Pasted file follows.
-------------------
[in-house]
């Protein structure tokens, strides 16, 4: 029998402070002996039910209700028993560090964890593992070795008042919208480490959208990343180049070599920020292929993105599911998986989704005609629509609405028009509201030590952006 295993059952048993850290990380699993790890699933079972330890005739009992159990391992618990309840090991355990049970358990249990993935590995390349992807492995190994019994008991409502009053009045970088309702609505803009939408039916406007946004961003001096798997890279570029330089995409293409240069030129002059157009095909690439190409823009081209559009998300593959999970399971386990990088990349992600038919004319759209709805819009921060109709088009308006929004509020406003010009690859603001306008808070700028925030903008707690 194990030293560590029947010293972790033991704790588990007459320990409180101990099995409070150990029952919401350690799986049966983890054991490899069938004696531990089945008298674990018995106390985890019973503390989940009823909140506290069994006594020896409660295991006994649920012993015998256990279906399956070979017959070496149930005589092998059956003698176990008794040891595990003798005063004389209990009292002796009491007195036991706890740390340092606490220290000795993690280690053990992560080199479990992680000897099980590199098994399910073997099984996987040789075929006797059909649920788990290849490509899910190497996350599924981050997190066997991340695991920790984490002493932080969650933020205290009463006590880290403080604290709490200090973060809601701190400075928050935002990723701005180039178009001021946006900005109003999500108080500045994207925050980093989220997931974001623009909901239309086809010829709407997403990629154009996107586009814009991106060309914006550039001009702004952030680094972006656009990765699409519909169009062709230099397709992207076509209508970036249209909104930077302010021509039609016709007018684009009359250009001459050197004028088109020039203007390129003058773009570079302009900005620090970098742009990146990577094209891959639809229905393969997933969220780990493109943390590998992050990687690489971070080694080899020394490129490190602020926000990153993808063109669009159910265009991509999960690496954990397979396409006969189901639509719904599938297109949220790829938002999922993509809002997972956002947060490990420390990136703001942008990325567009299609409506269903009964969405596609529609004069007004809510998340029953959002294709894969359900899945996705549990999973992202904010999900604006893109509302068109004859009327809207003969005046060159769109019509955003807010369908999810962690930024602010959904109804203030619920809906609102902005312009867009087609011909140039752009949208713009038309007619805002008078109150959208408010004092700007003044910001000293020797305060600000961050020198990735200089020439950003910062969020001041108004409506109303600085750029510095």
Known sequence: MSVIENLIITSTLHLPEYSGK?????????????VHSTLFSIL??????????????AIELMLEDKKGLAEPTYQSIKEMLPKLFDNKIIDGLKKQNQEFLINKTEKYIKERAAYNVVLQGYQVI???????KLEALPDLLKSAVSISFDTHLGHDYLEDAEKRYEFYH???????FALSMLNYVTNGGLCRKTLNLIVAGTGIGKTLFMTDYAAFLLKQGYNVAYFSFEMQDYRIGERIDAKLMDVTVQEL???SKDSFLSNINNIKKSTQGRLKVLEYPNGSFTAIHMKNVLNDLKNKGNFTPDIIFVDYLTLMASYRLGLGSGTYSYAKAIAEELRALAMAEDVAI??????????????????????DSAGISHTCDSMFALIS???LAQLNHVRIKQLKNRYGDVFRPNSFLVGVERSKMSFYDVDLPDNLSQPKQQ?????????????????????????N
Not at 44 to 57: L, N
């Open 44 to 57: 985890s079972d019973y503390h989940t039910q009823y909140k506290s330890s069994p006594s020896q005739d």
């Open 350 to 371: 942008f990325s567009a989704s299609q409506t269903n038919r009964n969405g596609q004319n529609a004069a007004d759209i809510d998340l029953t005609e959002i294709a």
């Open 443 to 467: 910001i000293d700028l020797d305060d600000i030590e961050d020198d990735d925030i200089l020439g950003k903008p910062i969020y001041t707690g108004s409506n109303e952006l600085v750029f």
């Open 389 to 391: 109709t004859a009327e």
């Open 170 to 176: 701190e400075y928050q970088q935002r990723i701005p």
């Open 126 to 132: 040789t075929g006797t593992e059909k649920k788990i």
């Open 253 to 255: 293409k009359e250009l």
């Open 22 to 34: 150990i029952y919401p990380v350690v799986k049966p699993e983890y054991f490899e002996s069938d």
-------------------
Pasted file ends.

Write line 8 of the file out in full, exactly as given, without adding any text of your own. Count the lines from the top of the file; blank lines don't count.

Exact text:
């Open 389 to 391: 109709t004859a009327e």